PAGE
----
The argument for instituting the runner on second rule in the MLB was simple: Baseball games are too slow and too static. The assurance of action in extra innings and that the number of innings will not stretch deep into the teens will bring more fans to the ballpark and make them switch their TVs from, say, the Minnesota Timberwolves to the Minnesota Twins.
Purists be damned, the change worked as it was meant to.
Are games ending faster? Definitely. Extra innings games ended in the 10th inning 69 percent of the time in 2020, compared to just 46 percent in the three preceding years. Last season was the first in over a century in which not a single game went longer than 14 innings.
Are more people watching these games? Also a resounding yes. It will take more time to evaluate the impact on attendance as the 2020 season was played behind closed doors, but the hope of getting more eyeballs was fulfilled. MLB.TV’s viewership doubled for extra innings compared to years prior because people are actually turning the games on for extra innings rather than off.
While the change worked in accomplishing the MLB’s aims, this does not mean the NCAA should institute the rule in the college game. In baseball’s war between staying true to its traditionalists and drawing in the masses, the MLB threw history to the wind in an appeal to the bottom line.
College baseball is not in a situation where it has to make that choice. Attendance and viewership have dipped at the pro level, but interest in college ball is on the rise.
Viewership for the College World Series has steadily trended up over the past two decades, and the 2018 and 2019 finals were some of the most watched in recent history. The decisive third game of the 2019 series between Vanderbilt and Michigan was the most-watched baseball game on ESPN that year.
Attendance figures have been similarly strong. Live attendance at the championship has also been on the rise, and the overall attendance at the event has not dipped below 300,000 since it first surpassed the milestone in 2006.
Regular season attendance has also ticked up this century at a regular clip, and stadium expansions at a number of the top programs have been a boon for the increased turnouts. The leaders in attendance each season are also very consistent and not strictly tied to the performance of the program that year, proving that these fanbases are largely comprised of consistent, hardcore supporters.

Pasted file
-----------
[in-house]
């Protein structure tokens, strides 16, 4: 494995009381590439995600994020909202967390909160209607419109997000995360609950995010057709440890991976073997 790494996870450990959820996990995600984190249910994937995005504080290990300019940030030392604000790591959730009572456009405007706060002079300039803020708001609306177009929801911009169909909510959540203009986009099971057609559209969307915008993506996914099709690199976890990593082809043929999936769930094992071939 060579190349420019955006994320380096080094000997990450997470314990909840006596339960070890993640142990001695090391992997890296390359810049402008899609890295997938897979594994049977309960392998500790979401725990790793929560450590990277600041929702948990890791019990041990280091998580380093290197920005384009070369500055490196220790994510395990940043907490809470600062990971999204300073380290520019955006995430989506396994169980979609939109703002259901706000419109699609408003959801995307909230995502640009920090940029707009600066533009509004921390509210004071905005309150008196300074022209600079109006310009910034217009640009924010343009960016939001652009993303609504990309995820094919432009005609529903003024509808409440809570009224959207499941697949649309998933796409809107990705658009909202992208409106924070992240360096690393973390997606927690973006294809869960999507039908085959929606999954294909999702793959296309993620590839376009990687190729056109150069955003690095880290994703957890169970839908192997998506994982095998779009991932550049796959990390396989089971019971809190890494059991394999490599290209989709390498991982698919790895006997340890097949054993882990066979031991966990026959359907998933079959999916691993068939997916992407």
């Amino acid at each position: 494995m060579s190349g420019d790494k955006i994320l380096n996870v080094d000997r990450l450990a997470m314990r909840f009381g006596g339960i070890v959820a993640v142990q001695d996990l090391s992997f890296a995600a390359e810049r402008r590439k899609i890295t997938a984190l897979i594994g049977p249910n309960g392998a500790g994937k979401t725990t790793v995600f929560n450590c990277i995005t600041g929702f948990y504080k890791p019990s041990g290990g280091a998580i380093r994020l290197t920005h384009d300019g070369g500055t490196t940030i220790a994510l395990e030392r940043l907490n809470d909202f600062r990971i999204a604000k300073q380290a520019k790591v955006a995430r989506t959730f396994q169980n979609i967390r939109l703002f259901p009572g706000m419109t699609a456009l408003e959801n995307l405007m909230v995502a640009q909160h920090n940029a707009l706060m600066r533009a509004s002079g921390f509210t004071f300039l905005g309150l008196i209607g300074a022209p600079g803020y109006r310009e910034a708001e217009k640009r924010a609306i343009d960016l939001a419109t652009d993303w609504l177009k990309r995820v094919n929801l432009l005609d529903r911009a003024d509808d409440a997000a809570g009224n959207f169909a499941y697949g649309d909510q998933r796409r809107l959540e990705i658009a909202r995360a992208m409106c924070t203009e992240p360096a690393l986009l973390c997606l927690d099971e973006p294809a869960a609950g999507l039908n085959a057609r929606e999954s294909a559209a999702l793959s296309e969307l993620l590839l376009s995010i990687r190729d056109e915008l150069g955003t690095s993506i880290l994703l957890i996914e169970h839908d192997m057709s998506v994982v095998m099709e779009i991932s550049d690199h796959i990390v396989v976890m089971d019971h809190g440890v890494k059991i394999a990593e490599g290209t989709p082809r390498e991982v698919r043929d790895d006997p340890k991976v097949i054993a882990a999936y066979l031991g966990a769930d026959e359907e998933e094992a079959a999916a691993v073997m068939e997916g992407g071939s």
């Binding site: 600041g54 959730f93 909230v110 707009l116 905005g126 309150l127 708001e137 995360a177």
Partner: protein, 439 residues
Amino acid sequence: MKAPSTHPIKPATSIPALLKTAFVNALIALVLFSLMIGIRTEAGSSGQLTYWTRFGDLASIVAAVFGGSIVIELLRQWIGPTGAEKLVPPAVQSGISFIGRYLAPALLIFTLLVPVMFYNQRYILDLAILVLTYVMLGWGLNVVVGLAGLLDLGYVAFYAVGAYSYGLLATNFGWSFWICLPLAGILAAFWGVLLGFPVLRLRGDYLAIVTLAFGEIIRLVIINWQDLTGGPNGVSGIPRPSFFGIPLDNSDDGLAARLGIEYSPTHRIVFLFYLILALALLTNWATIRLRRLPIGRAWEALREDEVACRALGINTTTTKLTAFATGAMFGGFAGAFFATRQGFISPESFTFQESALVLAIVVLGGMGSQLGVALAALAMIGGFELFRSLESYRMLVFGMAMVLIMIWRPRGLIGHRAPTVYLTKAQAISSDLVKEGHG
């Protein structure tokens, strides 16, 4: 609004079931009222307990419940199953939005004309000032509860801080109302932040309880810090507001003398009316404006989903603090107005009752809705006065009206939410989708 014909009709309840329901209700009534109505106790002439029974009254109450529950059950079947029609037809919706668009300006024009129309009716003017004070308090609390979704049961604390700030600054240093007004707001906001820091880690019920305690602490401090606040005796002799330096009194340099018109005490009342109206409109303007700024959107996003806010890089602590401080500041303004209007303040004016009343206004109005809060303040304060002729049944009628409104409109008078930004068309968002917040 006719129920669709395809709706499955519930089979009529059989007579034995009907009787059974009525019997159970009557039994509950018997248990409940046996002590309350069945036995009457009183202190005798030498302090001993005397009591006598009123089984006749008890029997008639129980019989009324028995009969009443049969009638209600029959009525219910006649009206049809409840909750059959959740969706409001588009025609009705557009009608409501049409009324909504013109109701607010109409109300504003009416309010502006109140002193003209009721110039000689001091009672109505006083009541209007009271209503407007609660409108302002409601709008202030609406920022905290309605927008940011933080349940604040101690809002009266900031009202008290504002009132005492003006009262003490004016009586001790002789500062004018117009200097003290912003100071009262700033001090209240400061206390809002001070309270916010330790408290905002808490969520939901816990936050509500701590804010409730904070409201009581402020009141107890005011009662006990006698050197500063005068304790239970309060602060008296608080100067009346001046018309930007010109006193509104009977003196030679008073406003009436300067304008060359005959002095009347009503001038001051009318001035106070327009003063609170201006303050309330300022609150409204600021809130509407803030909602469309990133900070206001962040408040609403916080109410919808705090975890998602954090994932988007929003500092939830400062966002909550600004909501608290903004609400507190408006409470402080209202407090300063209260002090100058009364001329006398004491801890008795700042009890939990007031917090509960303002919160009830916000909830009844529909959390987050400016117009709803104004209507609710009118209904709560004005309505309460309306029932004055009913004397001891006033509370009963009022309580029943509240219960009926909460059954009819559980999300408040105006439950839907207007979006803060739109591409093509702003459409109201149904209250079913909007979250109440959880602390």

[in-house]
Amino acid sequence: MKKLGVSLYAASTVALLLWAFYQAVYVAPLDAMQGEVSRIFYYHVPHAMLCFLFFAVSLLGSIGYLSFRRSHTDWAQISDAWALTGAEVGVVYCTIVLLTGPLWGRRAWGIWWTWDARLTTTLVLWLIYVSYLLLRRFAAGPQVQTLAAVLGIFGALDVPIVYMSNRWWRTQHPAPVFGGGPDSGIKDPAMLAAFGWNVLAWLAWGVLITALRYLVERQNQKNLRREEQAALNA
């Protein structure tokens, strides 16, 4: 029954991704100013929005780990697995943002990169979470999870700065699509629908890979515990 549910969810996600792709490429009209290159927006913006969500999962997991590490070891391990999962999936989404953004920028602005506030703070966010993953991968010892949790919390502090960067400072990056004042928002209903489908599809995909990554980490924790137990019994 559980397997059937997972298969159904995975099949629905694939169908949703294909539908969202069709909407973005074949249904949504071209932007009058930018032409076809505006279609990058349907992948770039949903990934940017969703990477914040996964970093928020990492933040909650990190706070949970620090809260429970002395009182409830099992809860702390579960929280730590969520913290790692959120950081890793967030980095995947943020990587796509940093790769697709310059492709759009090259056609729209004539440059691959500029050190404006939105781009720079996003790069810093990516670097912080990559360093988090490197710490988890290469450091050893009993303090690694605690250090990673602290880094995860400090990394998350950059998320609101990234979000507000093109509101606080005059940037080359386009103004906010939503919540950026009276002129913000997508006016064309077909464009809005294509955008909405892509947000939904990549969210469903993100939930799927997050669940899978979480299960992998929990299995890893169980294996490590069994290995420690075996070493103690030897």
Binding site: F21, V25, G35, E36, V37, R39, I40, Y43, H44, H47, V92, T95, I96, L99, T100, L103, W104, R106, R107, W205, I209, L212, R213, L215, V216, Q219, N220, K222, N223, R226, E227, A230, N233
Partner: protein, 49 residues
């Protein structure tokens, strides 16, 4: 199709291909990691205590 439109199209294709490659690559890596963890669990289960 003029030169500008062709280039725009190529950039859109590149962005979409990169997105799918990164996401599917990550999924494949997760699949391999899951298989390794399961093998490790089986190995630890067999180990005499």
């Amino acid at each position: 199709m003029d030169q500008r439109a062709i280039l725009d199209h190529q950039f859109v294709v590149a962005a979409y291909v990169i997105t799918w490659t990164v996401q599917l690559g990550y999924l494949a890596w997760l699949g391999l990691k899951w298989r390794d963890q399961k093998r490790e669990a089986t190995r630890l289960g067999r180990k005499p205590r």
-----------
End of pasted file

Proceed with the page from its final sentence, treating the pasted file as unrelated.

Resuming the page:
Given this trend, the czars of the college baseball world have no reason to change what has become a stable, winning formula. College baseball is trending in the opposite direction of the MLB, and it relies on a constant group of fans that have shown no signs of going anywhere. Risking the frustration of these loyal supporters in the hope of attracting new demographics that do not exist is a fool’s errand.
The rule is also unpopular with the people who these games are ultimately for: the coaches and players. Although the NCAA allowed conferences the option of instituting the change this season, none have opted to do so as of yet.
Dave Van Horn, head coach of Arkansas—which is one of the top baseball programs in the nation and consistently draws large crowds—recently spoke out against the possibility of adopting the rule, saying he prefers “regular baseball” and would only make the switch if he “had to.”
While college basketball and football have become fester pits for endless commercialism and profit making, college baseball has stayed abreast of these trends. It’s a laid back affair, with a steadily growing group of loyal fans enjoying some pure baseball.
Let’s keep it that way.